The present study also demonstrated that long habitual sleep duration was significantly associated with high blood pressure values and hypertension occurrence. The rate of drinkers was more likely to be higher in subjects with sleep duration ≥8 than <6, 6-, and 7 h (Table 1), and the alcohol covariate was a significant and independent predictor for hypertension (Fig. 1). Sesso et al. [34] indicated that light to moderate alcohol consumption exhibited a linear association with increasing risk for hypertension development. Nakanishi et al. [35] demonstrated that the risk for hypertension increased according to the increment of alcohol consumption doses in Japanese middle-aged male subjects. Thus, these results may be a potential causal basis for the result in the present study. Patel et al. [36] reported that C-reactive protein and interleukin-6 levels rose with increasing habitual sleep duration. These inflammatory mediators might also increase the risk of hypertension in subjects with long habitual sleep [37].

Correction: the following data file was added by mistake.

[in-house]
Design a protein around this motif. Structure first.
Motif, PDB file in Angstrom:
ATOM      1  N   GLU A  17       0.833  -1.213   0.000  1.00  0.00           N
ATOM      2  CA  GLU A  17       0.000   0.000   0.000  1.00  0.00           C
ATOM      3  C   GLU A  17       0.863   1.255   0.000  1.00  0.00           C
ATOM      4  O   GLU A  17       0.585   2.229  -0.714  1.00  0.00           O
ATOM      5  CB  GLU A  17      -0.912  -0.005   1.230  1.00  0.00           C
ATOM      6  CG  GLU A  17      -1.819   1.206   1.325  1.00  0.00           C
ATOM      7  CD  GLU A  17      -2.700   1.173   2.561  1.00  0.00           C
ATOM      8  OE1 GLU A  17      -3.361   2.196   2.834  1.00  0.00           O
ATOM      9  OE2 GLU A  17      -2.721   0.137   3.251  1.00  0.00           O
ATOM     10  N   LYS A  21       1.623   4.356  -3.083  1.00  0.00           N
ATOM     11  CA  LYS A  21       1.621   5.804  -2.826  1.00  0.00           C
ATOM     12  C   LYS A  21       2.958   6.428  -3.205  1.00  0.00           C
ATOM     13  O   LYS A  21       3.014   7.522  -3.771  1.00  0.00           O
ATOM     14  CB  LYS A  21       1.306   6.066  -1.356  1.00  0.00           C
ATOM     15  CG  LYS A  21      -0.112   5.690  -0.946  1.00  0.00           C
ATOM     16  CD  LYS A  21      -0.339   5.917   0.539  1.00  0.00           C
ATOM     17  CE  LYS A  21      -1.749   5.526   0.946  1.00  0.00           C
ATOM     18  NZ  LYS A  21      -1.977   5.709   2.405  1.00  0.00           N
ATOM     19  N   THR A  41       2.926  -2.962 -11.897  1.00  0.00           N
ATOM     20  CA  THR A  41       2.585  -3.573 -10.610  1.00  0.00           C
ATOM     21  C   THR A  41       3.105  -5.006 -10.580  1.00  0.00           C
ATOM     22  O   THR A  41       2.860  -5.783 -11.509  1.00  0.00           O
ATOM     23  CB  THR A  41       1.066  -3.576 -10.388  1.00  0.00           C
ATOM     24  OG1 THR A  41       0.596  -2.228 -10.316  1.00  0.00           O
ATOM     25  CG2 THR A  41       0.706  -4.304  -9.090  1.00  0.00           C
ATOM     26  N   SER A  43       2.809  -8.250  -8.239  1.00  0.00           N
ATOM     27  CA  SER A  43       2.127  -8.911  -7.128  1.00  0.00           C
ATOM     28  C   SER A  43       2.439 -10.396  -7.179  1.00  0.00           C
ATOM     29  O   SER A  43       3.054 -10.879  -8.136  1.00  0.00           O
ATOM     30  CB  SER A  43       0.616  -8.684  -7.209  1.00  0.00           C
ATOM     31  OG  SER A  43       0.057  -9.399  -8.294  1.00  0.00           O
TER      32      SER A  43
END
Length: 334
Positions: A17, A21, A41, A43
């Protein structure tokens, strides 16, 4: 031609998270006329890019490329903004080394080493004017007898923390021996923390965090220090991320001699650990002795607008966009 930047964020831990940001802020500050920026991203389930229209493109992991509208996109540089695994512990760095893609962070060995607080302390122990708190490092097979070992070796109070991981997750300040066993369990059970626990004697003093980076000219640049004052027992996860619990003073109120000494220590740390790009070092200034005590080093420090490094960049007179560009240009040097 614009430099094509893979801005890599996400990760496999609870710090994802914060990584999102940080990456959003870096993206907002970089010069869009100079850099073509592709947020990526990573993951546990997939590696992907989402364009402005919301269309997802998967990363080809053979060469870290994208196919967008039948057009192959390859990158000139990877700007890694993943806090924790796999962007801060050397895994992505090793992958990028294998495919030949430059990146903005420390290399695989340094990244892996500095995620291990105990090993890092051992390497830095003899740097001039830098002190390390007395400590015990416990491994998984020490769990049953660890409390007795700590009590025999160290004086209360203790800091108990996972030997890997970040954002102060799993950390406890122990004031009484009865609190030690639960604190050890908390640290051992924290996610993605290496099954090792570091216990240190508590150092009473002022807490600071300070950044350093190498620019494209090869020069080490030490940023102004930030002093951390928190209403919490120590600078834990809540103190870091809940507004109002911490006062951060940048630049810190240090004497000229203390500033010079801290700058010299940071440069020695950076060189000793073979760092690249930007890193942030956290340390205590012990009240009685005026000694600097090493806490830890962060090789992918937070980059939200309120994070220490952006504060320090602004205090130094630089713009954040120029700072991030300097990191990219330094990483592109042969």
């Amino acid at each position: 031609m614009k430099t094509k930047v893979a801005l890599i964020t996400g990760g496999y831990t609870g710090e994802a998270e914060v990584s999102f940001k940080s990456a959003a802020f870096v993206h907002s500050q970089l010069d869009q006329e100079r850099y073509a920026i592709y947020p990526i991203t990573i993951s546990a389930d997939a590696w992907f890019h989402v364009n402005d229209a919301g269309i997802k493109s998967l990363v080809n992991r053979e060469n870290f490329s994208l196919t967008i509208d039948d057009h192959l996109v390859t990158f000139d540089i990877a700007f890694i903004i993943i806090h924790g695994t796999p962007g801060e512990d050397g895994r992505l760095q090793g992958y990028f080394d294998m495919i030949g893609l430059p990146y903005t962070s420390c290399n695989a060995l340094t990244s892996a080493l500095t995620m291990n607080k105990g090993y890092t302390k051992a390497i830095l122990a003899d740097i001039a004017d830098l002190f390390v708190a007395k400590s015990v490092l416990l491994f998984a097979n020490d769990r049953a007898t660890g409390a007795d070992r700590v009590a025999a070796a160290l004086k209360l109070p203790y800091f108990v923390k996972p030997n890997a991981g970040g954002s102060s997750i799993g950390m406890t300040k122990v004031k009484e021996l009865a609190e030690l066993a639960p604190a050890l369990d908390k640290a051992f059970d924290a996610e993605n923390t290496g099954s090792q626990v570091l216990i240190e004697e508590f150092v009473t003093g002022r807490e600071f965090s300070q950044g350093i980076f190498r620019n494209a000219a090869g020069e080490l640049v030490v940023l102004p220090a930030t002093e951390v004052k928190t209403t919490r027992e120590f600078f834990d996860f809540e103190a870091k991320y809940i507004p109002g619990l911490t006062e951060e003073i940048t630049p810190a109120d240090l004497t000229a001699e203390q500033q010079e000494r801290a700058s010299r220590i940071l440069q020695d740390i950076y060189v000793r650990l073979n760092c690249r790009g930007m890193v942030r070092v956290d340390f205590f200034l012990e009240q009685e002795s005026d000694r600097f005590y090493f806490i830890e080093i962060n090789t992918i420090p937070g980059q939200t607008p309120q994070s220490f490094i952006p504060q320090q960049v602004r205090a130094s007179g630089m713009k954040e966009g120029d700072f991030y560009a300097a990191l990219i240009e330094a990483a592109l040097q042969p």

The limitations of the present study are as follows. First, sleep duration obtained by self-questionnaire might differ from precisely measured sleep duration. However, Lockely et al. [38] reported that good agreement was found between self-reported sleep duration and values obtained through actigraphic monitoring. Second, the present study examined blood pressure values once, in the health examination. The accuracy of blood pressure values would likely have little effect on the results of this analysis. Third, the present study was a cross-sectional observation study. The possibility of unmeasured confounding variables, such as sedentary lifestyle and obstructive sleep apnea, could not be excluded.

In conclusion, we demonstrated that both short and long habitual sleep duration were significantly associated with high blood pressure values and hypertension occurrence in Japanese male subjects. Finally, it is important to note that adequate sleep duration should be one of the important strategies for hypertension occurrence.

Notes

Conflict of interest

The authors declare that they have no conflict of interest.

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Copyright information

© The Japanese Society for Hygiene 2012

Authors and Affiliations

  • Hiroki Satoh
    • 1
    • 2
    Email author
  • Jun Nishihira
    • 1
  • Tatsuhiko Wada
    • 1
  • Satoshi Fujii
    • 3
  • Hiroyuki Tsutui
    • 2
  1. 1.Department of Clinical Management and InformaticsHokkaido Information UniversityEbetsuJapan
  2. 2.Department of Cardiovascular MedicineHokkaido University Graduate School of MedicineSapporoJapan
  3. 3.Department of Molecular and Cellular Pathobiology and TherapeuticsNagoya City University Graduate School of Pharmaceutical SciencesNagoyaJapan